Referring to FIG. 2, a self-reacting accordian-like bellows 86 has a neck and head 88 seated within the notch in upstanding rib 44 to anchor the same against longitudinal movement. The opposite end of said bellows has another neck and head 90 thereon disposed within the notch in rib 46, which is not stationary with respect to the base 12 and is movable with the head 90 of bellows 86 in an axial movement toward and from the stationary upstanding rib 44, when air is delivered to and removed from the bellows 86. The movable rib 46 extends laterally from a longitudinal slide 92, which is guided for movement slidably between the pair of upstanding ribs 48 and the opposite end of the slide 92 has a pair of L-shaped ribs 94 facing each other and between which one end 96 of an indicating needle 98 is disposed for rotatable movement of the needle about a central shaft 100 mounted in a cylindrical bearing 102, upstanding from and integral with base member 12, The pair of upstanding ribs 58 support therebetween an arcuate indicating gauge 104 having radially extending gradients thereon and temperature-indicating indicia, clearly shown in FIG. 2.
The bellows 86 is connected by a hose 106 to tubular coupling socket 32 which receives a plug 108 connected to one end of another tube 110 having a mouthpiece 112 on the opposite end thereof by which a child may blow air into the tube 110 and ultimately the bellows 86 to move the slide 92 to the right and actuate the needle 98 clockwise relative to the temperature-indicating indicia in make-believe manner to record temperature. When the blowing into the mouthpiece 112 ceases, the self-restoring nature of the bellows 86 will retract the slide 92 to the left as viewed in FIG. 2 and move the needle 98 to starting position.
The pulse rate-indicating cylinder 60 is operated by an air hose 114 by means of a plug 116 on one end thereof which is received within the tubular coupling plug member 26 to communicate air to the cylinder 38 by means of a relatively short bellows 118, as seen in FIG. 3, which is formed of material similar to the bellows 86 and is also accordian-like and partially enclosed within a rigid cup-shaped member 120, which is connected to the outer end of hose 114. In operation, when the bellows 118 and cup-shaped member 120 are applied against the wrist of a child and the cup member 120 is moved toward and from said wrist, pulsation of the bellows 118 will occur to generate successively air pressure and suction within the cylinder 38 and correspondingly actuate the drum 60 to result in play-like indication of a pulse rate by the parallel line 66, for example.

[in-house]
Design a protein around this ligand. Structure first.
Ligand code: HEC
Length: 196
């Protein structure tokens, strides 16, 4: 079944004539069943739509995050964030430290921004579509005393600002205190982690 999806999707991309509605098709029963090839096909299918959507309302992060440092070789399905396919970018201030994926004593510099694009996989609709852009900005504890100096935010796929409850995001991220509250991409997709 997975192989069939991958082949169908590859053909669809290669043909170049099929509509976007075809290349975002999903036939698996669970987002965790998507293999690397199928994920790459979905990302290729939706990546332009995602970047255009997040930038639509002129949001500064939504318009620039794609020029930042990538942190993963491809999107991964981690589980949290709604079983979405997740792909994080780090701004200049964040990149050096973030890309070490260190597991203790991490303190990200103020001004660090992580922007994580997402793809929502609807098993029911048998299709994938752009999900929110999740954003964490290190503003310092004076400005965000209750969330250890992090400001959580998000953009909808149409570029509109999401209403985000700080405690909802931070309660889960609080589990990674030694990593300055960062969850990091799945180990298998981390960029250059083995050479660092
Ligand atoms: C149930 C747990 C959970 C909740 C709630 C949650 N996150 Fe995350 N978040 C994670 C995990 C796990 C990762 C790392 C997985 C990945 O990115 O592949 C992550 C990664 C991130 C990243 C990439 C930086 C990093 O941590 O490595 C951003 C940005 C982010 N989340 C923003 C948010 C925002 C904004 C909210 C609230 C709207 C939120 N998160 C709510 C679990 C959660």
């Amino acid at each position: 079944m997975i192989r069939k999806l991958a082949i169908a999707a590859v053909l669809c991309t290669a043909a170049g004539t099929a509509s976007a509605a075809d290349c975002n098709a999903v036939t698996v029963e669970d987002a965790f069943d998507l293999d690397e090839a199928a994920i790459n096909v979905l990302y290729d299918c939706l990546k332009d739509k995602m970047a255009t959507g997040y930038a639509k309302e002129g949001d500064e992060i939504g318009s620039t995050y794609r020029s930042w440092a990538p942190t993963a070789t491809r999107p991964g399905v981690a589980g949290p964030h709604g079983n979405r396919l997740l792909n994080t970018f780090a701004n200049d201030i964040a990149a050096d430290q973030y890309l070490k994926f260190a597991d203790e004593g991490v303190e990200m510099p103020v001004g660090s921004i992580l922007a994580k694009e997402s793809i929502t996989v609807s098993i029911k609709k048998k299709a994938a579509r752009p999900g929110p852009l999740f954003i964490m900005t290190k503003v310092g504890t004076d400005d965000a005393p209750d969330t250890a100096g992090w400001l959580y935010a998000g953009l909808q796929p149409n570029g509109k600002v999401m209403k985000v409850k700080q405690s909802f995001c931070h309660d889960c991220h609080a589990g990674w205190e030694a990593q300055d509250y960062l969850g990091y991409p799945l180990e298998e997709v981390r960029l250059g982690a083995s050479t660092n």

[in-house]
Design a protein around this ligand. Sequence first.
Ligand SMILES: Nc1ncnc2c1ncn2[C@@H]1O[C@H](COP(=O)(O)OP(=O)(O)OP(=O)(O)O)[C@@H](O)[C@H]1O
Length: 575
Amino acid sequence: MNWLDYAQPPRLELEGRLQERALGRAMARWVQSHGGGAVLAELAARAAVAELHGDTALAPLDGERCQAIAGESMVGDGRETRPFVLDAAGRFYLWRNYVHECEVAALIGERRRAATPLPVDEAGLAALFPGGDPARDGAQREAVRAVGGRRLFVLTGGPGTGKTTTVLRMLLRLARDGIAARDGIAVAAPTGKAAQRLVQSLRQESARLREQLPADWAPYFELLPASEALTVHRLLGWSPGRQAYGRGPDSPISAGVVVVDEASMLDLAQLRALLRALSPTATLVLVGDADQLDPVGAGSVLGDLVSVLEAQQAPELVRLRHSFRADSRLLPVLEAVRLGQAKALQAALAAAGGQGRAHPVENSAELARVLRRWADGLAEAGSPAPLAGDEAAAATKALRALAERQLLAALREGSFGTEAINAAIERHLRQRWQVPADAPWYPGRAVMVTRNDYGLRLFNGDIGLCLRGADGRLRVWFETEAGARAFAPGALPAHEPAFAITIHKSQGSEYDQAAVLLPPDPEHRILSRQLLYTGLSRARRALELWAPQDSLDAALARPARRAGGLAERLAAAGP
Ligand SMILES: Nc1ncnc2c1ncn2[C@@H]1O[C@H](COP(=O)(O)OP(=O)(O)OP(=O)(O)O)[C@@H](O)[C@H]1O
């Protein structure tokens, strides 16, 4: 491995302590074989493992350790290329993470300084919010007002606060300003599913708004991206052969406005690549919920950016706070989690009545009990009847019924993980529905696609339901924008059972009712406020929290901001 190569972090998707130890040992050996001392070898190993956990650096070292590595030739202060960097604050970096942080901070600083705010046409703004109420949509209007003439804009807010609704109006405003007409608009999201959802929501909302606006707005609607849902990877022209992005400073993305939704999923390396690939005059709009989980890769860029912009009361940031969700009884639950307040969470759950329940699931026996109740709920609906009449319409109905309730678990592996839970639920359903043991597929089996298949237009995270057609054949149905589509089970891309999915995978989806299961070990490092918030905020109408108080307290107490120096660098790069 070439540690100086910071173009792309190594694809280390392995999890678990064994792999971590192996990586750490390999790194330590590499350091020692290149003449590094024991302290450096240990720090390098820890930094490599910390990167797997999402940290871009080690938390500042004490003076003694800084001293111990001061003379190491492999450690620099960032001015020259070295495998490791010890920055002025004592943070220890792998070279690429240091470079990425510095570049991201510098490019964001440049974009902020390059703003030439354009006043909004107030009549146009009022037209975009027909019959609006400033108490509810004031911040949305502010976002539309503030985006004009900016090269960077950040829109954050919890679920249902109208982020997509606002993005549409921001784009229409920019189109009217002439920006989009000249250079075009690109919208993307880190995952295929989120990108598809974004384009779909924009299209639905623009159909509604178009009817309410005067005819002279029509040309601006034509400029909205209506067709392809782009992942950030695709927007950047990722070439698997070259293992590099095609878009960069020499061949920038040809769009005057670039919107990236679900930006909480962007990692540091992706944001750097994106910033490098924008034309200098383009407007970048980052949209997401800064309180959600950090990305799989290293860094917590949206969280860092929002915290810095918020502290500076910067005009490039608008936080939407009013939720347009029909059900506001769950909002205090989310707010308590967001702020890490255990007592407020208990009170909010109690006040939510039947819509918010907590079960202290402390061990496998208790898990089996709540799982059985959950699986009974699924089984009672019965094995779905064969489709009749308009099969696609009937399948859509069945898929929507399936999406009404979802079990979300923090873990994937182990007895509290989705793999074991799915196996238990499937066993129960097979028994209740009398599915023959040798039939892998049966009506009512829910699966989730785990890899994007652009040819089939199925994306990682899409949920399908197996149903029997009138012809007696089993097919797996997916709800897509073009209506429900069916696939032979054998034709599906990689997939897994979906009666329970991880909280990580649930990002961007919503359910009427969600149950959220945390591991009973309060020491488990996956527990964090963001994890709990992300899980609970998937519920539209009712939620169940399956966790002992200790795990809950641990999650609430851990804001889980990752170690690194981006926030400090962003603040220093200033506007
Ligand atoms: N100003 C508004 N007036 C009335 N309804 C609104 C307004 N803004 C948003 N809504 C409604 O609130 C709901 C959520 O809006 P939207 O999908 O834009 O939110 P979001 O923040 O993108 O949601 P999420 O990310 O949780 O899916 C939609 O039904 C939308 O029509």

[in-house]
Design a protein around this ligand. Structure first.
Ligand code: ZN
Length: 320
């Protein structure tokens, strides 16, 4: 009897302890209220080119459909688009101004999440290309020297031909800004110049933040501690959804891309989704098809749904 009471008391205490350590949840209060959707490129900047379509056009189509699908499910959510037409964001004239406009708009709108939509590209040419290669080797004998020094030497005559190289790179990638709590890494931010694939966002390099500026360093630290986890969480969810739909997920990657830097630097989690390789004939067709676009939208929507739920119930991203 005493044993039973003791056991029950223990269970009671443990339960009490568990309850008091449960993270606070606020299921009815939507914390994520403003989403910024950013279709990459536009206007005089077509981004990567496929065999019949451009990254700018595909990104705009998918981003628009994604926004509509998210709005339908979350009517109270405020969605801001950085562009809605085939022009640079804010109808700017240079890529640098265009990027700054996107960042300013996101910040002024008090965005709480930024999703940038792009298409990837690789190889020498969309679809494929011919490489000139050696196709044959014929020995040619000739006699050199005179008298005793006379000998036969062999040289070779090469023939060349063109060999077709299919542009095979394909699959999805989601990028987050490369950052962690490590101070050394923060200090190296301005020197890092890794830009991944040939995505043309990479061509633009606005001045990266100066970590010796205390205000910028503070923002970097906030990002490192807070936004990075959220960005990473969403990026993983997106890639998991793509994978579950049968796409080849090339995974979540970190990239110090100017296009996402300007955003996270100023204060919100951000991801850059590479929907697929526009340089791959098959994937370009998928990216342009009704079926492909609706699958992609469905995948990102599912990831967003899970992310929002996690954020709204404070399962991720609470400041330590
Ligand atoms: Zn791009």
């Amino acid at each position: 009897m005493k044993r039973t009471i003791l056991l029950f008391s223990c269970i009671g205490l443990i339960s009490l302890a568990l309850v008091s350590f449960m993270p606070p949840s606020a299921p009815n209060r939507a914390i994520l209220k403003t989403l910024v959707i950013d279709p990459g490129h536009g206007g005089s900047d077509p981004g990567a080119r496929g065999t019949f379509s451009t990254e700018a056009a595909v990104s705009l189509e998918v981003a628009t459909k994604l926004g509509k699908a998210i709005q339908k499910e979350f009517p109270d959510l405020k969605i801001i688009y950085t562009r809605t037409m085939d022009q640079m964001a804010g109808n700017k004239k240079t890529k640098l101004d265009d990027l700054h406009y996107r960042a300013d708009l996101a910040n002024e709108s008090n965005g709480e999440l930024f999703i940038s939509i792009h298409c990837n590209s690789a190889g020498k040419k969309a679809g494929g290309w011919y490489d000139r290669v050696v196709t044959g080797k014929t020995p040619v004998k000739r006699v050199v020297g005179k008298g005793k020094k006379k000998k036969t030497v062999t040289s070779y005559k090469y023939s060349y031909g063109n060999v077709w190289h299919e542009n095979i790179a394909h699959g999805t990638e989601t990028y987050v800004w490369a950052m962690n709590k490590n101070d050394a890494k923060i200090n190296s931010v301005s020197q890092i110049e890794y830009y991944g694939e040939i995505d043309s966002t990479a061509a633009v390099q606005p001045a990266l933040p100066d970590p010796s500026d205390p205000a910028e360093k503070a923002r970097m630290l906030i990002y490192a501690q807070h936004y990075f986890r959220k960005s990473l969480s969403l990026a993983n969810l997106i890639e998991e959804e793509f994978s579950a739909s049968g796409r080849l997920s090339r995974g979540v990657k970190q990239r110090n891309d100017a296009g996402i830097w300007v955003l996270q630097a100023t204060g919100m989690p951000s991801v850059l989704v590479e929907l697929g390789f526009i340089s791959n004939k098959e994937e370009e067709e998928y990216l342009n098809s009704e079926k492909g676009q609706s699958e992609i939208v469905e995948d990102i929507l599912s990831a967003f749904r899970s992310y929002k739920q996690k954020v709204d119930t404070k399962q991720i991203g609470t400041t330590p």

Another hose 122, shown best in FIG. 1, is connected at one end to another plug 123, insertable into the tubular coupling plug 28 and the opposite end thereof is connected to a collapsible and expandable bulb 124, which, if desired, may have a bellows and cup assembly 118 and 120, such as shown in FIG. 3, substituted therefor. The hose 122 also is fastened to a simulated arm band 126 which a child may wrap around the arm of another and fasten the same thereto by securing means, such as patches of Velcro 128, and thereby imitate the blood pressure arm band normally used by physicians, but in imitation manner.
As far as convenient and readily possible, all of the components described hereinabove are formed from suitable plastic material. Where the part is preferably rigid, an appropriate rigid type of plastic is selected and, as in the case of the tubes 110, 114 and 122, a flexible type of plastic is selected, or rubber tubes may be used, if desired. Suitable clearance also is provided between relatively movable parts so as to minimize, if not preclude, the possibility of binding occurring between the parts. Particularly from FIG. 1, it will be seen that a relatively realistic type of medical monitor unit is provided with a plurality of different air-operated indicating means respectively for simulating pulse rate, blood pressure and temperature, thereby affording substantial amusement to children playing with the same and the structure is of a rugged and durable nature and readily capable of being played with, as well as shipped, without injury, as long as reasonable care is maintained.
The foregoing description illustrates preferred embodiments of the invention. However, concepts employed may, based upon such description, be employed in other embodiments without departing from the scope of the invention. Accordingly, the following claims are intended to protect the invention broadly, as well as in the specific forms shown herein.
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|Jan 12, 1987||AS||Assignment|
Owner name: ARCO TOYS LIMITED, 1301 SOUTH TOWER, WORLD FINACE
Free format text: ASSIGNMENT OF ASSIGNORS INTEREST.;ASSIGNOR:ARCO INDUSTRIES, LTD., A CORP. OF HONG KONG;REEL/FRAME:004660/0175
Effective date: 19861212
Owner name: ARCO TOYS LIMITED, A CORP. OF HONG KONG, HONG KONG
Free format text: ASSIGNMENT OF ASSIGNORS INTEREST;ASSIGNOR:ARCO INDUSTRIES, LTD., A CORP. OF HONG KONG;REEL/FRAME:004660/0175
Effective date: 19861212